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Aung San Suu Kyi’s iconic allure has helped train the eyes of the world on Burma’s democracy struggle, but some experts say her star appeal could thwart the rise of a new generation of leaders.
The Nobel laureate, who has come to personify Burma’s efforts to shrug off the yoke of decades of dictatorship, made her parliamentary debut on Monday in the latest chapter in her transformation from renowned political prisoner to MP.
The 67-year-old has suggested she is willing to accept the mantle of president if, as expected, her party wins 2015 elections seen as the apex of recent reforms.
But many are already asking who could follow in the footsteps of “The Lady”.
Western governments showed great interest in finding “political alternatives” to Suu Kyi when she was under house arrest before controversial November 2010 elections, said Renaud Egreteau, a Burma expert at the University Hong Kong.
“Two years later, idolatry is back. Alternatives within the democratic opposition are again marginalised.”
Suu Kyi has said she has tried shunning the “icon” label since being propelled into Burma’s political scene during a failed student uprising against the junta in 1988.
But as the daughter of independence hero Aung San she has failed to escape cult status both at home and abroad.
Some observers argue that a simplistic portrayal of Burma’s politics as a battle between a charismatic woman and a cabal of murderous generals could undercut efforts to bring a new generation of democracy leaders to the fore.
That narrative is particularly strong in the West, which has focused on her entrance into mainstream politics as a benchmark for easing strict sanctions.
Her reception as a virtual head of state in Europe last month confirmed her unique place in the imaginations of people who might otherwise struggle to find her long-isolated homeland on a map.“It would be wrong if they think they do not need to look back or communicate with small parties”
But lavish welcomes during her first major trip abroad in nearly a quarter century have also threatened to strain relations with President Thein Sein, largely acknowledged as the architect of sweeping political changes since he took the helm of a quasi-civilian government last year.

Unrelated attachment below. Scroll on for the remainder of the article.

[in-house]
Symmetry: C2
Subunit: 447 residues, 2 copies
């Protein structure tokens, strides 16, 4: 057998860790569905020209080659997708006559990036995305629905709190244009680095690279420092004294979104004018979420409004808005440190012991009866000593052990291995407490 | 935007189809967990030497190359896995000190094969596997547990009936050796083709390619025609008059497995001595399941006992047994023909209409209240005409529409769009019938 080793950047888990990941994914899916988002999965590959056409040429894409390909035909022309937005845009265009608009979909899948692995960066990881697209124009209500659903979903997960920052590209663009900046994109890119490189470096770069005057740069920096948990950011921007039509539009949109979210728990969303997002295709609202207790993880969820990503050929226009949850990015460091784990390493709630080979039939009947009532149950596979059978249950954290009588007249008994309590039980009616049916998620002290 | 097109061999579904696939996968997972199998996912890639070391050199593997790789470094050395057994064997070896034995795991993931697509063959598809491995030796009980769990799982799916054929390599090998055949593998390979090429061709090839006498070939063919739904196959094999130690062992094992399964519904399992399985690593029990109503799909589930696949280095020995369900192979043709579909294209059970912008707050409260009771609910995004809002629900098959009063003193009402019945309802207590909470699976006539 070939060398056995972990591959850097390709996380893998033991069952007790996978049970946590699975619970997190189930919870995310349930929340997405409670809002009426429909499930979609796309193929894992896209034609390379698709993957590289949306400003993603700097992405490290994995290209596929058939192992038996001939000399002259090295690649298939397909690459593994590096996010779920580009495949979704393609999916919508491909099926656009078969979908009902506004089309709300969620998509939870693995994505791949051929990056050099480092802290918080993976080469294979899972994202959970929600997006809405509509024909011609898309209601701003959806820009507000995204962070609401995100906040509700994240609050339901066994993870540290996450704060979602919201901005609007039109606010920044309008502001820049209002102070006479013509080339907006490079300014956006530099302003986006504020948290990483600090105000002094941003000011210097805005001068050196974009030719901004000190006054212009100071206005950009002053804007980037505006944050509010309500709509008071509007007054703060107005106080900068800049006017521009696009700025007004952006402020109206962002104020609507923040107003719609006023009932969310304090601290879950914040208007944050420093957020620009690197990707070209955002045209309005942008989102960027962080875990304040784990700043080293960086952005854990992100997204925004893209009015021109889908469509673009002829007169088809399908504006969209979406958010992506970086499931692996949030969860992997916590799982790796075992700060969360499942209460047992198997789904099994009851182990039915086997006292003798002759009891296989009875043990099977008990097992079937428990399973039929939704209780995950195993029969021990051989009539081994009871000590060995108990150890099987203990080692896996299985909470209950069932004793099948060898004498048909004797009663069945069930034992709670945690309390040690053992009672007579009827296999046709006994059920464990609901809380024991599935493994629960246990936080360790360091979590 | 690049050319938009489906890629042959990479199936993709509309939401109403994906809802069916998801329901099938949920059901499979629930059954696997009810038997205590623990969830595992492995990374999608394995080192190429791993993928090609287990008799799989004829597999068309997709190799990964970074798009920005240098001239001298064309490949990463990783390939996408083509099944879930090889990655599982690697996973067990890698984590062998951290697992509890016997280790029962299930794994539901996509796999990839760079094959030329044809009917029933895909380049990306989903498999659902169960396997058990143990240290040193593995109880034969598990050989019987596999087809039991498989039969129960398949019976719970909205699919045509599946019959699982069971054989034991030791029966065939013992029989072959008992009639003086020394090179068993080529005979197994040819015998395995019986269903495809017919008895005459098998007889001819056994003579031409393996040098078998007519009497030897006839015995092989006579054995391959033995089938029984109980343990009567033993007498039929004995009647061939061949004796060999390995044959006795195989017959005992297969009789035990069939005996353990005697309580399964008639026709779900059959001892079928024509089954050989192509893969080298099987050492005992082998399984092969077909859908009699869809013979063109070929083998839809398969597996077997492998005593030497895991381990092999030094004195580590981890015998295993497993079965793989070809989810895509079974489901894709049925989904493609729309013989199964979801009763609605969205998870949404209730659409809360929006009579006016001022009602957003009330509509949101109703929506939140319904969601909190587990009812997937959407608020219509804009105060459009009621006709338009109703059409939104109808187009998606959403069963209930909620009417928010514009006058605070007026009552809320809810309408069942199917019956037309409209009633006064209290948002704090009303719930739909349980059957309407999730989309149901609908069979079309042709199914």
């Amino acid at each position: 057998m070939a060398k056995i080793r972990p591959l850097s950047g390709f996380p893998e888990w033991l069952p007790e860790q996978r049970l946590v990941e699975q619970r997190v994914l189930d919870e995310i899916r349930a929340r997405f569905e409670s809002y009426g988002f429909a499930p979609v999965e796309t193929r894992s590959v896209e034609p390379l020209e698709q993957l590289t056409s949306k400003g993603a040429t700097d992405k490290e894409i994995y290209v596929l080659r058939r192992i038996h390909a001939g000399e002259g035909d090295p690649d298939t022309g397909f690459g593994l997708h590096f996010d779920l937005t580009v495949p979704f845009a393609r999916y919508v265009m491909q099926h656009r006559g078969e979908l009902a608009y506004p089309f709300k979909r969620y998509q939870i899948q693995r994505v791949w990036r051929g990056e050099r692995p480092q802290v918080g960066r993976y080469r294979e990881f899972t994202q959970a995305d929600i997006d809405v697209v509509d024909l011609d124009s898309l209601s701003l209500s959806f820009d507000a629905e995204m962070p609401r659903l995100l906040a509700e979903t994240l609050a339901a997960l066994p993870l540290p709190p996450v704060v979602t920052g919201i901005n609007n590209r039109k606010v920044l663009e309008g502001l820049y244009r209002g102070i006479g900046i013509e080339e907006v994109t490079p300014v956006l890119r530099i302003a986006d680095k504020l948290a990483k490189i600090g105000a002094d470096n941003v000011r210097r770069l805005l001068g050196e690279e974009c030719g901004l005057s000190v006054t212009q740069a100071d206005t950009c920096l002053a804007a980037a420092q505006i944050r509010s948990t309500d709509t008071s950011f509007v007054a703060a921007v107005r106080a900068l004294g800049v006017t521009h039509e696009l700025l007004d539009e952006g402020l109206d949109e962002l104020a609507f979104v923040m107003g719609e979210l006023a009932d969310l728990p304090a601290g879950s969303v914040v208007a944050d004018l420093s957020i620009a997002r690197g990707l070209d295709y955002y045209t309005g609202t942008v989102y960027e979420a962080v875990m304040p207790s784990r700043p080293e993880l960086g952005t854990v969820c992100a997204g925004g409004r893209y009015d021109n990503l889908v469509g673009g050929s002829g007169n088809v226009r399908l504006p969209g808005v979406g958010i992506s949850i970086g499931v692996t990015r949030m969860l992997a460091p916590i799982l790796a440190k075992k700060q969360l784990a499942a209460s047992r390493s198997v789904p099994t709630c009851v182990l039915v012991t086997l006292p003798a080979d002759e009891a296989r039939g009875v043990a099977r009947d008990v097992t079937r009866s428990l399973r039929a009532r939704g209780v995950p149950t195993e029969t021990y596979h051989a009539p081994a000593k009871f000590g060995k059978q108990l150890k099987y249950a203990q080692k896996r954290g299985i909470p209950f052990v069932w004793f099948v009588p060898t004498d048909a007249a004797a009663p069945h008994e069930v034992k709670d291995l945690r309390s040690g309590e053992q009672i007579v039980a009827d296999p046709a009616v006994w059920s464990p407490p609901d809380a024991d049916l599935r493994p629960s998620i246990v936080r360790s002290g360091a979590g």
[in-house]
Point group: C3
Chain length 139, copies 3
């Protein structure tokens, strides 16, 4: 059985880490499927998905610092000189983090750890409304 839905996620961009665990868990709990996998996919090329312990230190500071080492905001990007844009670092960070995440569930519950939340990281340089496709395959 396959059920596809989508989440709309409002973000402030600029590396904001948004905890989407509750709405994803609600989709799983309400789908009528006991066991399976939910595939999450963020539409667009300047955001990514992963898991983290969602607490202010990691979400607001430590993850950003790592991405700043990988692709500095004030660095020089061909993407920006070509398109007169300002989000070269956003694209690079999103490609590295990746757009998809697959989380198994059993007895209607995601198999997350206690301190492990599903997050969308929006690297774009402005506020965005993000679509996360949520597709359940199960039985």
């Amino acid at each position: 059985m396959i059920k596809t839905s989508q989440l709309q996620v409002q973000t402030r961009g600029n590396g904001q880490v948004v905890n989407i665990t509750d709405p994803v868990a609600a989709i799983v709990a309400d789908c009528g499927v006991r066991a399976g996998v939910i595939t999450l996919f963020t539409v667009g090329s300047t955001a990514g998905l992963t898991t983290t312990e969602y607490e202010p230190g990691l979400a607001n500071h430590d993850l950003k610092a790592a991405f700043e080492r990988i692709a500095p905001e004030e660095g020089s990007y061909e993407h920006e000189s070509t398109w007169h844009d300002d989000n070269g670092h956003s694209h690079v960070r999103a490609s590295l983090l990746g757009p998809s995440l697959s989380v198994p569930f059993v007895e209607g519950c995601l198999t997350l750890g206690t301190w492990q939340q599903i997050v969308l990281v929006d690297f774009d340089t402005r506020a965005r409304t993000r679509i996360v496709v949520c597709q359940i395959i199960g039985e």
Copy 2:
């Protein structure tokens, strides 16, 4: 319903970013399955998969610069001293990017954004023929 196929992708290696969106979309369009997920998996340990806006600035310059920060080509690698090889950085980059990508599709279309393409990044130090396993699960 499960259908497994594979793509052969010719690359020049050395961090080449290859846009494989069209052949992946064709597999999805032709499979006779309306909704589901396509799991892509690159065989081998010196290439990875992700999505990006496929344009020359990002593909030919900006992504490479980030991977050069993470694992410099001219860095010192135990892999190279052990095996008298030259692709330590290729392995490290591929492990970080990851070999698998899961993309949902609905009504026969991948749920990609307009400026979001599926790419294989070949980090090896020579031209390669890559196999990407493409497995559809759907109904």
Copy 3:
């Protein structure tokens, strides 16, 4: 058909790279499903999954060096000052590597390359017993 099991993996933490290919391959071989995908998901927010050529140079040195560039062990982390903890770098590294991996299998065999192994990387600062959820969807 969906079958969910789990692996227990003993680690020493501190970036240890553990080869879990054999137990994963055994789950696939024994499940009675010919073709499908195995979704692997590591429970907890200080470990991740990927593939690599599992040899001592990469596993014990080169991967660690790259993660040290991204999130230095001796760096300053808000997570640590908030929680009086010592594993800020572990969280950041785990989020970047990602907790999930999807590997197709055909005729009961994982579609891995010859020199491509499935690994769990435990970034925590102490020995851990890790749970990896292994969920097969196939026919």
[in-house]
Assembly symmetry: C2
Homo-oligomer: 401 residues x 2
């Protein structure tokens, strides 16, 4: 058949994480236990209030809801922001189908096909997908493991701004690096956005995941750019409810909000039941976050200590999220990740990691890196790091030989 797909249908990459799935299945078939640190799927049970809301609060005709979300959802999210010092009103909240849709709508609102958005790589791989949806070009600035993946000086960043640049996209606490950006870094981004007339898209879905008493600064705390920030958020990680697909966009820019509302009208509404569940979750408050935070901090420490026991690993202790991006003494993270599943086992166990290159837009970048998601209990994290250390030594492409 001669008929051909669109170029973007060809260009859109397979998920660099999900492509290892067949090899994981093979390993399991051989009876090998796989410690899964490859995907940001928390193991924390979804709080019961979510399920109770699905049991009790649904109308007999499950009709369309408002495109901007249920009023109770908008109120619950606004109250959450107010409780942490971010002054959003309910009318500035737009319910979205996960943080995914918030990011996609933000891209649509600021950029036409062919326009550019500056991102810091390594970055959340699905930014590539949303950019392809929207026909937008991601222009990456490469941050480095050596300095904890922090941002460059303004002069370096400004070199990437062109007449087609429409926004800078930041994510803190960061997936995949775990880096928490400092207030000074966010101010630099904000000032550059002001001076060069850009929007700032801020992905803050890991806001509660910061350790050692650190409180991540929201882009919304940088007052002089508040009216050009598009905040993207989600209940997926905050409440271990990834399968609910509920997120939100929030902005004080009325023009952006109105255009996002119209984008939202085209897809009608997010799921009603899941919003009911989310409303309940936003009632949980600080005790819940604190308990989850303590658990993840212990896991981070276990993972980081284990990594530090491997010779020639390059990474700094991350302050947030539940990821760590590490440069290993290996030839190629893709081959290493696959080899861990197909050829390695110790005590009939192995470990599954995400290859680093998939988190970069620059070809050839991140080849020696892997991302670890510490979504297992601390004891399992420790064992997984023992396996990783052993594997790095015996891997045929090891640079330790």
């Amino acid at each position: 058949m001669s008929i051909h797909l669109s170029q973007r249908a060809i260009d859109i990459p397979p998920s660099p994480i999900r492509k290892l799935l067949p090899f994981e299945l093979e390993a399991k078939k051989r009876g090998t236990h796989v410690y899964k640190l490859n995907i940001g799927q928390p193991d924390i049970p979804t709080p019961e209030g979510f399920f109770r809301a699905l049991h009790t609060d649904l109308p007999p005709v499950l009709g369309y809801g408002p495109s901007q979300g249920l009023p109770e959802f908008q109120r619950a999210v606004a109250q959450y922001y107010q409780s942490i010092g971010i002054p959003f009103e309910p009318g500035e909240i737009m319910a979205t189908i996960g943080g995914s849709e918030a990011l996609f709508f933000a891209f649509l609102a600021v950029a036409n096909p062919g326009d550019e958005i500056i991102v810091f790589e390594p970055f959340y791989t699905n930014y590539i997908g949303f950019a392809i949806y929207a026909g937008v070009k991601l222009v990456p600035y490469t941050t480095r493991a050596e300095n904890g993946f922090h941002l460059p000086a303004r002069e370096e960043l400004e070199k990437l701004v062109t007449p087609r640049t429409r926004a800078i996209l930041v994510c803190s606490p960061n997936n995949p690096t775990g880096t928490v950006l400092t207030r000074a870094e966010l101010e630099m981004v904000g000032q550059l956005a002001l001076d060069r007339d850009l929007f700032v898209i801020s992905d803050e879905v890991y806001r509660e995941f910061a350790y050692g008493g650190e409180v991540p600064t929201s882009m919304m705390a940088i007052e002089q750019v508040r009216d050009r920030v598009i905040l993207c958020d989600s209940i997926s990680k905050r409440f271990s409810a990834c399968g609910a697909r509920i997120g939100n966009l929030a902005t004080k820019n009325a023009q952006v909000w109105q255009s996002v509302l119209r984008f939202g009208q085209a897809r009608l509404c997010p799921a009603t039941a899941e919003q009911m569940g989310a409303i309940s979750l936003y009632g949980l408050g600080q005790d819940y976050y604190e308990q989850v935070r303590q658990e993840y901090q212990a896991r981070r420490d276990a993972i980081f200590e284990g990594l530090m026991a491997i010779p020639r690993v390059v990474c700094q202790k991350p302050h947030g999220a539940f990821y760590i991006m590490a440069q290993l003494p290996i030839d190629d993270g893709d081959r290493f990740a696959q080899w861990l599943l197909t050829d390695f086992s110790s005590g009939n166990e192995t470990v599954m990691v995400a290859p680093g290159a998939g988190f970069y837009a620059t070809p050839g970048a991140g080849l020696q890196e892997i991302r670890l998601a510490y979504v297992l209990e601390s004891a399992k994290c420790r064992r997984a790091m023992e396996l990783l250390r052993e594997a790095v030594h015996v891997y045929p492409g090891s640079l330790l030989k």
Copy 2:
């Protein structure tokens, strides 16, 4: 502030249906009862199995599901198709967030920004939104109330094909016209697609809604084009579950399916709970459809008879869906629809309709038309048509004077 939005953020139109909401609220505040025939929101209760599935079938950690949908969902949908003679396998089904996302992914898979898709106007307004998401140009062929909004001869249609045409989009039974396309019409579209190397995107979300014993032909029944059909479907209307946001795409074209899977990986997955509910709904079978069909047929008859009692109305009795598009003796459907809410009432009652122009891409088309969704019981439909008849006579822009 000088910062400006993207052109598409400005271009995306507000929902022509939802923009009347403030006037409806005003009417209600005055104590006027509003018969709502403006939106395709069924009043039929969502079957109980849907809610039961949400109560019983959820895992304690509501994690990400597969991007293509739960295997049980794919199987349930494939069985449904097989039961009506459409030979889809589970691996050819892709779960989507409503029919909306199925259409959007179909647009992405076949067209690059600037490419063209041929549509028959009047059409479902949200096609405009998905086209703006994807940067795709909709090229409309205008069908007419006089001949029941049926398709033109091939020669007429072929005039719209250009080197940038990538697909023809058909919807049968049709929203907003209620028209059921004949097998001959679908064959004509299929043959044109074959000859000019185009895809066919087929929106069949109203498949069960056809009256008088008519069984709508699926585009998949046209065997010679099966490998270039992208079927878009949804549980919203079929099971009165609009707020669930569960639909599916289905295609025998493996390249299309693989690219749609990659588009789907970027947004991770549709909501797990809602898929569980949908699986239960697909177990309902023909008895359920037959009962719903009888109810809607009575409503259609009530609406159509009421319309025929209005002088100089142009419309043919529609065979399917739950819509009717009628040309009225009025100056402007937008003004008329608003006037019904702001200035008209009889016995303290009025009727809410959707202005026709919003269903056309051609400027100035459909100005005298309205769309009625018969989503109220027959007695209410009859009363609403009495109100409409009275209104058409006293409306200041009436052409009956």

“It is a bit unusual for somebody who is the leader of the opposition to receive such high level treatment,” said Trevor Wilson, former Australian Ambassador to the country.
“I don’t think the international community fully appreciates the role of other parties and political actors in Myanmar [Burma],” he said, describing Suu Kyi’s trip to Europe as “not part of the real world”.
While the NLD has become the largest opposition group, parliament remains dominated by the military and army-backed ruling party and with only 43 seats, Suu Kyi’s party is likely to have to form alliances to affect legislation.
But smaller democracy parties — many of which have been eagerly pushing the country’s reforms from inside the legislature for over a year — have felt shunned by the NLD juggernaut.
Among them is former NLD founding member Khin Maung Swe, whose relations with Suu Kyi soured dramatically when he disagreed with her party’s decision not to contest the 2010 election over rules seemed designed to exclude her.
He split from the NLD to form the National Democratic Force, which now has eight seats. Although Suu Kyi herself finally agreed to run in April’s by-elections, she has not talked to him ever since.
“We have done what we thought we should do, for the benefit of the people,” said the politician, who has served a total of 16 years in jail for his activism.
“The international community needs to recognise these struggles. It would be wrong if they think they do not need to look back or communicate with small parties.”
Political parties representing Burma’s diverse minority groups — which hold some 75 seats among 10 parties — are also considered to be on the fringe of debate, despite their importance in a country that has been racked by sporadic civil war with various ethnic rebels since independence in 1948.
“We don’t know how she will work with us,” said Hsai Maung Tin, a lower house MP for the Shan Nationalities Democratic Party. “I personally respect her. We need more people like Daw Suu,” he added.
Even the structure of the NLD itself is a cause for concern, experts said.
Octogenarian “uncles”, whose authority from five decades battling the junta is hard to dispute, still dominate the party, leaving young “very idealistic and very passionate” members with little influence, Wilson said.
But reforming the NLD to allow younger stars to rise might be hard to achieve, with Suu Kyi’s democratic pedigree and strong charisma acting to shield her from negative comment.
“Many people are in awe of Aung San Suu Kyi when they meet her and they don’t easily say things to her that she may not like, or that may imply a criticism of the NLD,” Wilson said. “There is a bit of an issue there.”